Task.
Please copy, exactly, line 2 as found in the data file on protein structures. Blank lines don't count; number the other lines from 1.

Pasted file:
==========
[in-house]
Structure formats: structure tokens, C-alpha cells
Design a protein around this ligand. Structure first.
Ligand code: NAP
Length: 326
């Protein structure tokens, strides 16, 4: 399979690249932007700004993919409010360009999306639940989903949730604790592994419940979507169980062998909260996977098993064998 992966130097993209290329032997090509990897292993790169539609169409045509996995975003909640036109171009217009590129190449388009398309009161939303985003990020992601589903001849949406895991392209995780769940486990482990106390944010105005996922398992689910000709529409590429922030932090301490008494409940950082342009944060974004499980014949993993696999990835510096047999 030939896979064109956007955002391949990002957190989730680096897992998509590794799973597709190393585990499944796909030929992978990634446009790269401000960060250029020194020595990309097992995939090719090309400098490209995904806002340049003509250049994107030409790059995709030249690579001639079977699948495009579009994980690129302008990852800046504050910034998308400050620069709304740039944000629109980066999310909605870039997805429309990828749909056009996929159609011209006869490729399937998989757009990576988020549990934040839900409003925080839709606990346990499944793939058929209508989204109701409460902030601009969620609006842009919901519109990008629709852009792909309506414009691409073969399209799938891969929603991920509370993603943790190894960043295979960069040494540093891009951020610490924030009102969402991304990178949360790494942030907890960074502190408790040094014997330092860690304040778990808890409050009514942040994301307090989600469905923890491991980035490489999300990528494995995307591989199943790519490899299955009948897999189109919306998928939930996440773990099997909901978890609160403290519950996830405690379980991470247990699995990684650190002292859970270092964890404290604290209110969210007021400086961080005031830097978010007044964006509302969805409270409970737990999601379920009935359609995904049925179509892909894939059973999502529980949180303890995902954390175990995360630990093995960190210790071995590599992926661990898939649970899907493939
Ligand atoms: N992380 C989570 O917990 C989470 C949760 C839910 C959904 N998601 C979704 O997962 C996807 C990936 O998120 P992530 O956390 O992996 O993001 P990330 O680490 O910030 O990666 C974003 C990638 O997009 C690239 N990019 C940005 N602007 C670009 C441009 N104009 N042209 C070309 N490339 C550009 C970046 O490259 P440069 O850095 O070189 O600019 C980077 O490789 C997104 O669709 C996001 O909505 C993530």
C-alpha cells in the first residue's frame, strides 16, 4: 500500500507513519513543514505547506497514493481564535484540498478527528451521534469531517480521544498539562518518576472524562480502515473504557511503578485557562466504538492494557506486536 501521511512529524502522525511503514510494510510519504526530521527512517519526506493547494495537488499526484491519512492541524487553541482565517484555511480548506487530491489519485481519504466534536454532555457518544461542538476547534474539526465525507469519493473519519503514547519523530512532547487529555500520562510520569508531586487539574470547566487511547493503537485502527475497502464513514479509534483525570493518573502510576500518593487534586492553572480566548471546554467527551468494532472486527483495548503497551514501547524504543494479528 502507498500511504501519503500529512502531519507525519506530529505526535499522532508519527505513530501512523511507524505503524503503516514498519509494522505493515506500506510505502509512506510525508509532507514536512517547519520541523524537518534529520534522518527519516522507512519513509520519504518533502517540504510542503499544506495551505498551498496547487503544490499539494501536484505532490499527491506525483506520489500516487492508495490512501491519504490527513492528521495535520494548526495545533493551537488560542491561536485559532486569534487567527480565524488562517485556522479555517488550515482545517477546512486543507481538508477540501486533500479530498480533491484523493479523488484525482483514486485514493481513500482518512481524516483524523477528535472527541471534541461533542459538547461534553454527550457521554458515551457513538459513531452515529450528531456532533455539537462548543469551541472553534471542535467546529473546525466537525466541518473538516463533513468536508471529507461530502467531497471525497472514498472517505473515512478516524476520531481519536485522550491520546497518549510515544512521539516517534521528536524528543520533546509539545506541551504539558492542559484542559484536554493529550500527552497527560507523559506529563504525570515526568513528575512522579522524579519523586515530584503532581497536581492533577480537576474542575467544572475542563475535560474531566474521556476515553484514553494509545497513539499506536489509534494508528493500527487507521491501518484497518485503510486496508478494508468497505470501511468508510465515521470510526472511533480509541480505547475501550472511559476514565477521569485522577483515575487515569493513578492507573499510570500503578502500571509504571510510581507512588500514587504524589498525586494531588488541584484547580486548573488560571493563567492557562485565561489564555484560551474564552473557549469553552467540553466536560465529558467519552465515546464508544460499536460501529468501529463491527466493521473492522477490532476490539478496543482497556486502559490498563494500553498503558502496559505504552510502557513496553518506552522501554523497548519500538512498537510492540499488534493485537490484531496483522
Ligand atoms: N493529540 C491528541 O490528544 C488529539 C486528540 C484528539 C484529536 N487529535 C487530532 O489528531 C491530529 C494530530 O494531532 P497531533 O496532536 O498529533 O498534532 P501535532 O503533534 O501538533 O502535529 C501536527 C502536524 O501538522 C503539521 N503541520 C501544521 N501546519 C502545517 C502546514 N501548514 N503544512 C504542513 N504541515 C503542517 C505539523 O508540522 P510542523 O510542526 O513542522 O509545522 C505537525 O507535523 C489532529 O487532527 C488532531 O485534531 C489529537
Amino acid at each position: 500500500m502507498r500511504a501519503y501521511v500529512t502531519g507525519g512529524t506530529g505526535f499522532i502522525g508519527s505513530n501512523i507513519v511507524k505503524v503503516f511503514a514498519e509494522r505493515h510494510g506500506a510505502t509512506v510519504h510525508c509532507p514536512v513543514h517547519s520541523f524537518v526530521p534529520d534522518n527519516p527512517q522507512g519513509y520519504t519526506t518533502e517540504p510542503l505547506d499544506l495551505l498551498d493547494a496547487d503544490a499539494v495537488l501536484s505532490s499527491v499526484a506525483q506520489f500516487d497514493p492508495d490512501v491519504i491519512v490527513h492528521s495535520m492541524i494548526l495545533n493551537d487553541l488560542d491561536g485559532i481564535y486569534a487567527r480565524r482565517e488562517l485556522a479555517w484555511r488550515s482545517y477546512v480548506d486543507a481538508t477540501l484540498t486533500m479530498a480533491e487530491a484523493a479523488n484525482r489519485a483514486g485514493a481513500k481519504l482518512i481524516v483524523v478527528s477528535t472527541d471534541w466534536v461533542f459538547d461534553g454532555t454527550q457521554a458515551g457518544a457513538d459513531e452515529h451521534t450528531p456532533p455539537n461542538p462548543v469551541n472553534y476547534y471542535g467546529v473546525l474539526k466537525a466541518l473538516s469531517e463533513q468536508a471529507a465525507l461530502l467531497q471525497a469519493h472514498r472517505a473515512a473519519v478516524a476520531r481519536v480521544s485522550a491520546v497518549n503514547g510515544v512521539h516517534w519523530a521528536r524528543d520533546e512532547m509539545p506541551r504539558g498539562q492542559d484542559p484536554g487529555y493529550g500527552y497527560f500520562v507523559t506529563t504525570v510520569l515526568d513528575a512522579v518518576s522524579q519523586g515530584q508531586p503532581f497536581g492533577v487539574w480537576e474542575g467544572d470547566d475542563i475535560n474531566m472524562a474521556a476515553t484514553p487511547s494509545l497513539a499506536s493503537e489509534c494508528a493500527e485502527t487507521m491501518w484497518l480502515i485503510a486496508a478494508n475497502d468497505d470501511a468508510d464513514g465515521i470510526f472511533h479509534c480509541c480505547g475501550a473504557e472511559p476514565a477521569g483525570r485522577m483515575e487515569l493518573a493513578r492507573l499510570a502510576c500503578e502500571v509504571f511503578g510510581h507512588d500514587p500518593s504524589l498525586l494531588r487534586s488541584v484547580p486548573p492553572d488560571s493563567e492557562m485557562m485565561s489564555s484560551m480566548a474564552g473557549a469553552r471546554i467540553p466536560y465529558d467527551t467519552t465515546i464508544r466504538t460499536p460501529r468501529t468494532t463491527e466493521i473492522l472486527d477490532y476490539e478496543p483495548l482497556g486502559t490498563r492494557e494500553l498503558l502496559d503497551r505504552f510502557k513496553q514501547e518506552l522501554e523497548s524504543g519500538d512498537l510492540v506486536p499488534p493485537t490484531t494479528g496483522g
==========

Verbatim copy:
Structure formats: structure tokens, C-alpha cells